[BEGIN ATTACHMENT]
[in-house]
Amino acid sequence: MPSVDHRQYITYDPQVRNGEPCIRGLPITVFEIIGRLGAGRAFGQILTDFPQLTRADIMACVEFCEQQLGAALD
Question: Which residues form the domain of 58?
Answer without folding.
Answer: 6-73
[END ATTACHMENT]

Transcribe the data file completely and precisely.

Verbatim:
[in-house]
Amino acid sequence: MPSVDHRQYITYDPQVRNGEPCIRGLPITVFEIIGRLGAGRAFGQILTDFPQLTRADIMACVEFCEQQLGAALD
Question: Which residues form the domain of 58?
Answer without folding.
Answer: 6-73